Right now smartphone-armed guerrillas battle from street to street in Copenhagen. Google made them do it.
It has been dark for a few hours. The temperature is falling to minus ten degrees, just as the forecast promised, and there is plenty “fresh wind from the east and northeast” this January evening in Denmark. A small group of men are standing on Langelinje harbor in Copenhagen all staring at their smartphones. They can already feel the cold in their toes and fingertips, but they remain in the area for several hours. For they are on the warpath.
“You think it's a game. But it is not.” So warns a female voice at first run of the Android application called Ingress. Maybe there's some truth to that. Is Google subsidiary Niantic Labs' new, mysterious, worldwide game created to entice users themselves to collect even more data for Google?
In Ingress two competing factions color the world map green or blue. This is done by physically visiting local area landmarks and special buildings, in the game called portals, and conquer them through the app. So, if there has been a little silent in online games like 'World of Warcraft' at the latest, it may be because many of the players has risen from the cushioned chairs and now are all biking around between all sorts of sights while waging a virtual war – and sending photos and location data to Google.
The frogs against the smurfs
During the day, the Copenhagen Ingress street fighters Ttgeek and gnomen work as a web developer and a child educator respectively. A few weeks ago they did not know each other. Both were inspired to apply for access to the game after watching a YouTube video. In it a physics project goes horribly wrong and mysterious energy - called Exotic Matter - has been blown out across the surface of the earth.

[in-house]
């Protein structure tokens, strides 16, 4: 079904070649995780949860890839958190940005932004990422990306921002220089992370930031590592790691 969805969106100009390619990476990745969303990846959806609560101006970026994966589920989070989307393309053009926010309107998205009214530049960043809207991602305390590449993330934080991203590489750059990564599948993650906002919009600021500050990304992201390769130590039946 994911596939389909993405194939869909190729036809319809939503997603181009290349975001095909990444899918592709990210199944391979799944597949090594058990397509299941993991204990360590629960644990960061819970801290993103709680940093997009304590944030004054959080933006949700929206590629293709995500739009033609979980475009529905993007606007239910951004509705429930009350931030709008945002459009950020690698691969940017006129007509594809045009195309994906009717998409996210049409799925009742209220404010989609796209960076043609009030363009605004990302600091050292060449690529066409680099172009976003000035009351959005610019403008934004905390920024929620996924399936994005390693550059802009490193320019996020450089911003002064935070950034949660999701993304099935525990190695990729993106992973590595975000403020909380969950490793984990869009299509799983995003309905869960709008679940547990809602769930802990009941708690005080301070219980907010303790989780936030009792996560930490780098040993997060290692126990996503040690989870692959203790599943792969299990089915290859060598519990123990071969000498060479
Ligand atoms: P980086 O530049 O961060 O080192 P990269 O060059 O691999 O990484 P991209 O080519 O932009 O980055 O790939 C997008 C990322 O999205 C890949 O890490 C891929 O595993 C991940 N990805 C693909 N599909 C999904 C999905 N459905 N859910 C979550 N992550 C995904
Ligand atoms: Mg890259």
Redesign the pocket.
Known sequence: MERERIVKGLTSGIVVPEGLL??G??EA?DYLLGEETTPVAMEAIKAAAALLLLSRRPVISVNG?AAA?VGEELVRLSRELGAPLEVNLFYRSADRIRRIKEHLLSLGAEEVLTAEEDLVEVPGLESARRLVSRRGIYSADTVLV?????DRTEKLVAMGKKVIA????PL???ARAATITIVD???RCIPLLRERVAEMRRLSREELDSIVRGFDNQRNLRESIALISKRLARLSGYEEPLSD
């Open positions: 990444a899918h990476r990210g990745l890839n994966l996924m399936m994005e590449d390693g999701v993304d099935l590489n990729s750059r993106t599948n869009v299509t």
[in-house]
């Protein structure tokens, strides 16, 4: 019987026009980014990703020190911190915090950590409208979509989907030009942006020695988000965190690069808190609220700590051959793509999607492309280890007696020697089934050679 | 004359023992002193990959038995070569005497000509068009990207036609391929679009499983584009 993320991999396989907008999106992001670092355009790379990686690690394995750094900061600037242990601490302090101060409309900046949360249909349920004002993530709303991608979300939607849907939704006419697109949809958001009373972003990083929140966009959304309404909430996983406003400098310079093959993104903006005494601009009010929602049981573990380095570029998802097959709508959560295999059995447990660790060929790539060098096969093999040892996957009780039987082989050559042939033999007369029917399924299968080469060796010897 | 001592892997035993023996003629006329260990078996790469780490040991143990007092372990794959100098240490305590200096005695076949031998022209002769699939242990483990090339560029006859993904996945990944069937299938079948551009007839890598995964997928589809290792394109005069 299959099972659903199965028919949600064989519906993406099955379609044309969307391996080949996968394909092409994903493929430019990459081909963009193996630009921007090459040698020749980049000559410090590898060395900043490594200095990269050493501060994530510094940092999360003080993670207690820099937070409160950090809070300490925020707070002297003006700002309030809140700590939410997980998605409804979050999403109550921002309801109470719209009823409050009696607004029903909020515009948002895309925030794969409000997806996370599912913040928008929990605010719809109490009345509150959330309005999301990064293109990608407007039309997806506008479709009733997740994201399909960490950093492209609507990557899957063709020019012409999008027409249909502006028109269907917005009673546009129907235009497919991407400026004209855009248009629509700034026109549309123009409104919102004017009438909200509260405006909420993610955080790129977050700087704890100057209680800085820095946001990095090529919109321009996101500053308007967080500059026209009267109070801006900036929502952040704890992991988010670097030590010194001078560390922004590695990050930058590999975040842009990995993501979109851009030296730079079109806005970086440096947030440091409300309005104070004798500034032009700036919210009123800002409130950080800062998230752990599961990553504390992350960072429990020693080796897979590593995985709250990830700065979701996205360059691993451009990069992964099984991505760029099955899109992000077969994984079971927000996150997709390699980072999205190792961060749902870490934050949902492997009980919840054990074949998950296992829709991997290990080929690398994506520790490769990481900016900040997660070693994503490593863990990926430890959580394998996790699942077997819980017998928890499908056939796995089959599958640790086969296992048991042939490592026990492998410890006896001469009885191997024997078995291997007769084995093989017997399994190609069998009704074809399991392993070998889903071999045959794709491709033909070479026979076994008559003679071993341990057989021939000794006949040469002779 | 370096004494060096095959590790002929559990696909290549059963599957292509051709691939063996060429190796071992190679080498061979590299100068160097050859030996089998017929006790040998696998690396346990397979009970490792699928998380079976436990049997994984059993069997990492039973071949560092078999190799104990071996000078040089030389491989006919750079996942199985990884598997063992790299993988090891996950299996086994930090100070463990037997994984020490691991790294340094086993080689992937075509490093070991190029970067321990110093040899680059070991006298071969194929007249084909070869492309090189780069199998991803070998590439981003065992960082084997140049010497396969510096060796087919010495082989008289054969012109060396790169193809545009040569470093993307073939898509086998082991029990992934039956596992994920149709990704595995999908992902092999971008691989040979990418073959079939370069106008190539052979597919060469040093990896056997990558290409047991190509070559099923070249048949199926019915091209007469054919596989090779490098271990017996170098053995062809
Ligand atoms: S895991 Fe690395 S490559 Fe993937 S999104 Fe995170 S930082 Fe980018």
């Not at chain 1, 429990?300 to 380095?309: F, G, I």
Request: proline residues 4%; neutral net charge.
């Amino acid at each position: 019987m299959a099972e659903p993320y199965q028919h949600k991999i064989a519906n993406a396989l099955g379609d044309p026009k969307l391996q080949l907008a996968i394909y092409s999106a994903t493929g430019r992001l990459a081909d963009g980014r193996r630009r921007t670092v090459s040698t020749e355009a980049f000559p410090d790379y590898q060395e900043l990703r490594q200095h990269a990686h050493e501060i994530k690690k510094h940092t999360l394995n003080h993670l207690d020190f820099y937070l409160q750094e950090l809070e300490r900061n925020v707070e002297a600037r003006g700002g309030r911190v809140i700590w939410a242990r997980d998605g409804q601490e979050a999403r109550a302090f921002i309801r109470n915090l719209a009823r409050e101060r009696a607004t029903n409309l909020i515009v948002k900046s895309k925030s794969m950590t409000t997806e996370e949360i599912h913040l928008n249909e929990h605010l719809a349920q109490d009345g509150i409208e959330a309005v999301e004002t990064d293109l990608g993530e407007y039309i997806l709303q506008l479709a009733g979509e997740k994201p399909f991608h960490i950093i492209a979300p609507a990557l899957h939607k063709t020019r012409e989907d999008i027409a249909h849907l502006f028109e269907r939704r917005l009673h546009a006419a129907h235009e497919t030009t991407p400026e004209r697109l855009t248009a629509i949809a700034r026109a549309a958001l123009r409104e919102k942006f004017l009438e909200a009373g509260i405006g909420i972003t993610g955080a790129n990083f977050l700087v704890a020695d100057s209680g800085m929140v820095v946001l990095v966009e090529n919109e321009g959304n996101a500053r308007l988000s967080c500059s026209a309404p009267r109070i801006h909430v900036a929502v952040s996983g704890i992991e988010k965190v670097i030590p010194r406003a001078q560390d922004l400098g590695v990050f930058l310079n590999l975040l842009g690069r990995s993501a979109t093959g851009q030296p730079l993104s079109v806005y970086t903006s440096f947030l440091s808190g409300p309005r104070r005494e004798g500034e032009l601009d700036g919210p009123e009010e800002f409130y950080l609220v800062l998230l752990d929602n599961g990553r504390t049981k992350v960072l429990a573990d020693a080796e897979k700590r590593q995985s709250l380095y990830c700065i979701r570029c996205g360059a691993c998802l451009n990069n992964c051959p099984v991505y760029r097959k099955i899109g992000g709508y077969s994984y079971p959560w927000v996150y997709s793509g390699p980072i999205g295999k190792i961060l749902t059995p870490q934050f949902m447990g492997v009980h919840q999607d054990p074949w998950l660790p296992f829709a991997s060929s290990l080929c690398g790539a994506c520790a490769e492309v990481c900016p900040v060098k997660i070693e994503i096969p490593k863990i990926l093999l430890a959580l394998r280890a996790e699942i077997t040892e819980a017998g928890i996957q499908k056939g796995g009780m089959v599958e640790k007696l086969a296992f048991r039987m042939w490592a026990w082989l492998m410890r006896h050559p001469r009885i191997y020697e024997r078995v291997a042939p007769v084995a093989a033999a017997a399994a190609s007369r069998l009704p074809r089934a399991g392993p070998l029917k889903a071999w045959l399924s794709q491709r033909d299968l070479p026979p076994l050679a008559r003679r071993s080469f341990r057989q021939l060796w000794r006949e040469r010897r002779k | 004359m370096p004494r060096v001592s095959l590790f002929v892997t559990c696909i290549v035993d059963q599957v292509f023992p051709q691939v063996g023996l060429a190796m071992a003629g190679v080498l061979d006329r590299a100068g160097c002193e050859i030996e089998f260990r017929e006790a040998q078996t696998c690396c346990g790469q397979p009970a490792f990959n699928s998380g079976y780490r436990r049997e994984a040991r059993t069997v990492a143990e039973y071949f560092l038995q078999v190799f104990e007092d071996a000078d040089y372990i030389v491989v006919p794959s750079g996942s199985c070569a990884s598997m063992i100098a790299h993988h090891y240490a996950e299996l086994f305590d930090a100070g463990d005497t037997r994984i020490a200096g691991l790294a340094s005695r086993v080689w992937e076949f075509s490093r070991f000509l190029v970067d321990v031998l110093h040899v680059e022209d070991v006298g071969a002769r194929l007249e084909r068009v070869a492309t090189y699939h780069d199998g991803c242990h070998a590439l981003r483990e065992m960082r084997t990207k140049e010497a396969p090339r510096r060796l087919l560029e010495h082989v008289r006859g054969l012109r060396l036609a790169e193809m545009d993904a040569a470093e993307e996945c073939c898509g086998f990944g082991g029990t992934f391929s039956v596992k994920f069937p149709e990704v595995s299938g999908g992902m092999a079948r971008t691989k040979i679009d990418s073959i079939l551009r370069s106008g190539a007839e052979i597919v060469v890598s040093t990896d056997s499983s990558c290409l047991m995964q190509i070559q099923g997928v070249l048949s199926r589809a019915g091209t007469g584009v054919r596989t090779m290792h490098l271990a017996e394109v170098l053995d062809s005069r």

Team Enlightened is trying to expose the public to as much radiation as possible by coloring the map in green. Ttgeek and gnomen was among the first who joined the team Resistance who defend humanity by coloring in blue. The two teams have nicknamed each other “frogs” and “smurfs”.
“The video poses questions. You don't know what the game is when you see it, but it's something with GPS, a “capture the flag” thing. And it's a spiced up geocaching thing,” says Ttgeek with reference to the better known and more peaceful way to go on a treasure hunt with GPS equipment.
Ttgeek have reached level 8, which is still the highest that can be achieved as a player, or “agent”. But with great fervor he helps other Resistance fighters to obtain higher ranks and keep Copenhagen blue. This evening among others Agent gnome has appeared on the agreed venue.
“I think the movie looked really good. They have put a lot of energy in the history. And then I needed to get out, I have lost several pounds. People ask why I bother. But before I sat and played 'World of Warcraft' for twelve hours straight. And smoke cigarettes,” laughs gnomen.
Skirmish near the Royal Palace
The troops have assembled, the equipment is in order, let there be gaming. Ttgeek have a Motorola tablet with large battery and gnomen have a HTC with small screen and thus low power consumption. Both can mount their Android weapons to the handlebar of their bikes in waterproof casings.
The two leads the charge against the evening's target. Without getting off their bikes eagerly hacking the portals that the flock passes. Like this, they will be able to continue for more than six hours. Google could hardly have designed Street View bikes better themselves.